Fig. 12.1 Knee replacement, waiting times from specialist assessment to treatment, 2006 to 2012 (or 2011) (OECD Health Statistics 2013)

Expenditure on health by type of financing, 2011 (or nearest year) (OECD Health Statistics 2013). Data refer to total health expenditure

Fig. 12.2 Expenditure on health by type of financing, 2011 (or nearest year) (OECD Health Statistics 2013). Data refer to total health expenditure

The survey result by the Medical Tourism Association (2013) also indicated that nearly three quarters of all patients involved in medical tourism are US citizens.

Although exact rankings may differ from one source to another, all sources consulted include the following countries in their top ten medical tourism destinations: Brazil, Costa Rica, Hungary, India, Malaysia, Mexico, Singapore, South Korea, Thailand, and Turkey (Positivemed 2013). According to Thailand Board of Investment, 2.5 million medical tourists visited the Thailand in 2012, and the number of medical tourists is increasing day by day. Thailand’s revenue from medical tourism was between US$ 4.0 billion and US$4.7 billion in the same year and US$3.2 billion in 2011 (Thailand Board of Investment 2014).

When the general structure of the medical tourism sector is considered, it is seen that the role of public health sector is limited. Public sector is usually undertaken the facilitator role in medical tourism. For this reason, the countries realizing the importance and promising structure of medical tourism such as Thailand, Malaysia, Singapore, and Turkey started to add strategies related to medical tourism in their strategic plan.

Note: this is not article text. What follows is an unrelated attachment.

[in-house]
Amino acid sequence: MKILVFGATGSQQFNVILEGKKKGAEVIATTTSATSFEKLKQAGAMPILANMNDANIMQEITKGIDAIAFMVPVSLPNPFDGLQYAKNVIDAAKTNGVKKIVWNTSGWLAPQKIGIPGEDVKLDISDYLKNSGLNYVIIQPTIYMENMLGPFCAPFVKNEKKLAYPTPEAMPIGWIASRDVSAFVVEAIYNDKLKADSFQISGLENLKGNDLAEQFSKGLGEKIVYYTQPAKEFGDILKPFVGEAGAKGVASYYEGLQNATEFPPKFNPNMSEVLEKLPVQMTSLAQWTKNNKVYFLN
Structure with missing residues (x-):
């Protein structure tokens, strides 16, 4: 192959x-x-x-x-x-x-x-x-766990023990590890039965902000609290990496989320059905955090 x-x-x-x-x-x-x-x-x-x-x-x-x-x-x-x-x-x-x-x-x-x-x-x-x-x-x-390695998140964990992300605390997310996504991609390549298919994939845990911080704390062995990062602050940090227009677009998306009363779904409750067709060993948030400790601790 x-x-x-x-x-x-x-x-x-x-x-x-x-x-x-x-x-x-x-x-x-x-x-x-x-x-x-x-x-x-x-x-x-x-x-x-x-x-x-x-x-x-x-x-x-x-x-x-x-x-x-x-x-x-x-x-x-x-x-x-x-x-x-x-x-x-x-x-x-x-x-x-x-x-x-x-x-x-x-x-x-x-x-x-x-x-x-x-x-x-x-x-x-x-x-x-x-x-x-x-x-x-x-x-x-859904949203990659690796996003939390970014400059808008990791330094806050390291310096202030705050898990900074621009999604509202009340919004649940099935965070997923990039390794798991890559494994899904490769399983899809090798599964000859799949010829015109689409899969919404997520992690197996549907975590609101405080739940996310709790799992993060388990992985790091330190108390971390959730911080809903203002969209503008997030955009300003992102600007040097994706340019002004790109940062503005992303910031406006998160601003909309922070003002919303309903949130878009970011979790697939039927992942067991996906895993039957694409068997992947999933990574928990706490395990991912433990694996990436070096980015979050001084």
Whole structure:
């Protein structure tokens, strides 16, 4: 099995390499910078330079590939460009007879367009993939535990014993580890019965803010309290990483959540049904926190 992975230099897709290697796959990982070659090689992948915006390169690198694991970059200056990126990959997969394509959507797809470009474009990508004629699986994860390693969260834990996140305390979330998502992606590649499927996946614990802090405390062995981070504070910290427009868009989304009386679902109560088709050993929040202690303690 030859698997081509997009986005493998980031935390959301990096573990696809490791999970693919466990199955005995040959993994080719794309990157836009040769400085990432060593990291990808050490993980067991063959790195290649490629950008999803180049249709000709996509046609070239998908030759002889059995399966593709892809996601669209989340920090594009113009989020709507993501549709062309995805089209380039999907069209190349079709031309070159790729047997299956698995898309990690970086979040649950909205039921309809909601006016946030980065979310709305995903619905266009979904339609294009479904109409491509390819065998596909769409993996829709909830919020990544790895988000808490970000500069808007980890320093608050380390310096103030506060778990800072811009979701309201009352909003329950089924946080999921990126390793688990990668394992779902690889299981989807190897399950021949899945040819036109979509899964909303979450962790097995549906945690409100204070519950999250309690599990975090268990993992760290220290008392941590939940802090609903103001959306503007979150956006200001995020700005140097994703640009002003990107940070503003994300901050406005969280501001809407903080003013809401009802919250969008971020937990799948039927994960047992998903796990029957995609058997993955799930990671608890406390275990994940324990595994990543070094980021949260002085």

In some countries, governments also provide support for marketing and accreditation processes. Thailand and India founded national medical tourism agencies in order to increase their competitiveness in medical tourism (Turner 2007). India even developed a specific visa for medical tourists and uses revenue from medical tourism to make medical care more affordable to local people (Chinai and Goswami 2007).

Medical tourism is also being credited with improving the healthcare standards in developing countries (Connell 2011). One of the important indicators of increasing standards and quality is the number of accredited healthcare organizations. While the preferences of medical tourists enforce the accreditation of healthcare organizations to the international well-known and accepted accreditation organizations, quality of healthcare services is increasing automatically. This situation also increases the visibility of destinations in medical tourism sector. United Arab Emirates, Saudi Arabia, Brazil, China, and Turkey are the top five countries in the world in terms of the number of JCI-accredited healthcare organizations. Table 12.1 shows the number of JCI-accredited healthcare organizations by country.

Distance between the countries, the existence of a wide range of communication, and transportation networks affect the destination preferences of medical tourists. When these factors are taken into account, it is seen that European countries have advantages in the medical tourism sectors. In addition, the expansion of the European Union (EU) and the Schengen Agreement as well as a number of EU regulations also accelerated the circulation of medical tourists within Europe (Connell 2011; Glinos et al. 2010; Erdogan and Yilmaz 2012).